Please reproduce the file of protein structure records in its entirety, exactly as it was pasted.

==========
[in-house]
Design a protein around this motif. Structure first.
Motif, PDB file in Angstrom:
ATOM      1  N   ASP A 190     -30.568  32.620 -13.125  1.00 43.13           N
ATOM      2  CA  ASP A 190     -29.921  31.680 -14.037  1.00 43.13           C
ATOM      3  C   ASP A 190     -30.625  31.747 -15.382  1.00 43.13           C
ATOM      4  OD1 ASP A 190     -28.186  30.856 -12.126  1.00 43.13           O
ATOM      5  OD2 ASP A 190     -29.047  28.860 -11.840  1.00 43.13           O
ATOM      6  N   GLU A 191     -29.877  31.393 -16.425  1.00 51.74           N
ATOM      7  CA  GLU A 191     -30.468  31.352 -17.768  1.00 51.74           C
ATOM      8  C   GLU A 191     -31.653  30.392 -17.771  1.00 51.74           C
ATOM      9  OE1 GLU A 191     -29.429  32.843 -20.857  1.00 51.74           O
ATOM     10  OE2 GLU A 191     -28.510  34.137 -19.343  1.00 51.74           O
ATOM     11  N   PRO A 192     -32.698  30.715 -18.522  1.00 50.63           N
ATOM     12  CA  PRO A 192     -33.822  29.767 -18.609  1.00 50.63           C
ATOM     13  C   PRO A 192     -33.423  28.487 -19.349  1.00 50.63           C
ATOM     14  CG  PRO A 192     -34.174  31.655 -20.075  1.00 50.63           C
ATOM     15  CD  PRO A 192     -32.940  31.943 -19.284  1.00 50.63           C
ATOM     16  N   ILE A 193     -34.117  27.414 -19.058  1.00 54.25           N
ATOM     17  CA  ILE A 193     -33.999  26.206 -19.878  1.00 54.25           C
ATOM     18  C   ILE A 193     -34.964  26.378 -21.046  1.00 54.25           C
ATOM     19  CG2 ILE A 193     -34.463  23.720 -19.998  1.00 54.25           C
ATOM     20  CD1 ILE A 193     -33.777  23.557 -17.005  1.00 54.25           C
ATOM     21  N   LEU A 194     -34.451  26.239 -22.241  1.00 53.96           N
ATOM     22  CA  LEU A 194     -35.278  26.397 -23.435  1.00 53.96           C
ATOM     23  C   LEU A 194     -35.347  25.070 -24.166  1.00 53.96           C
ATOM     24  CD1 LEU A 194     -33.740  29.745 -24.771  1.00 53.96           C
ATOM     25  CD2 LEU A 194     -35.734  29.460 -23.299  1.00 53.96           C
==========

[in-house]
Design a protein around this motif. Structure first.
Motif, PDB file in Angstrom:
ATOM      1  N   ASP A 190     -30.568  32.620 -13.125  1.00 43.13           N
ATOM      2  CA  ASP A 190     -29.921  31.680 -14.037  1.00 43.13           C
ATOM      3  C   ASP A 190     -30.625  31.747 -15.382  1.00 43.13           C
ATOM      4  OD1 ASP A 190     -28.186  30.856 -12.126  1.00 43.13           O
ATOM      5  OD2 ASP A 190     -29.047  28.860 -11.840  1.00 43.13           O
ATOM      6  N   GLU A 191     -29.877  31.393 -16.425  1.00 51.74           N
ATOM      7  CA  GLU A 191     -30.468  31.352 -17.768  1.00 51.74           C
ATOM      8  C   GLU A 191     -31.653  30.392 -17.771  1.00 51.74           C
ATOM      9  OE1 GLU A 191     -29.429  32.843 -20.857  1.00 51.74           O
ATOM     10  OE2 GLU A 191     -28.510  34.137 -19.343  1.00 51.74           O
ATOM     11  N   PRO A 192     -32.698  30.715 -18.522  1.00 50.63           N
ATOM     12  CA  PRO A 192     -33.822  29.767 -18.609  1.00 50.63           C
ATOM     13  C   PRO A 192     -33.423  28.487 -19.349  1.00 50.63           C
ATOM     14  CG  PRO A 192     -34.174  31.655 -20.075  1.00 50.63           C
ATOM     15  CD  PRO A 192     -32.940  31.943 -19.284  1.00 50.63           C
ATOM     16  N   ILE A 193     -34.117  27.414 -19.058  1.00 54.25           N
ATOM     17  CA  ILE A 193     -33.999  26.206 -19.878  1.00 54.25           C
ATOM     18  C   ILE A 193     -34.964  26.378 -21.046  1.00 54.25           C
ATOM     19  CG2 ILE A 193     -34.463  23.720 -19.998  1.00 54.25           C
ATOM     20  CD1 ILE A 193     -33.777  23.557 -17.005  1.00 54.25           C
ATOM     21  N   LEU A 194     -34.451  26.239 -22.241  1.00 53.96           N
ATOM     22  CA  LEU A 194     -35.278  26.397 -23.435  1.00 53.96           C
ATOM     23  C   LEU A 194     -35.347  25.070 -24.166  1.00 53.96           C
ATOM     24  CD1 LEU A 194     -33.740  29.745 -24.771  1.00 53.96           C
ATOM     25  CD2 LEU A 194     -35.734  29.460 -23.299  1.00 53.96           C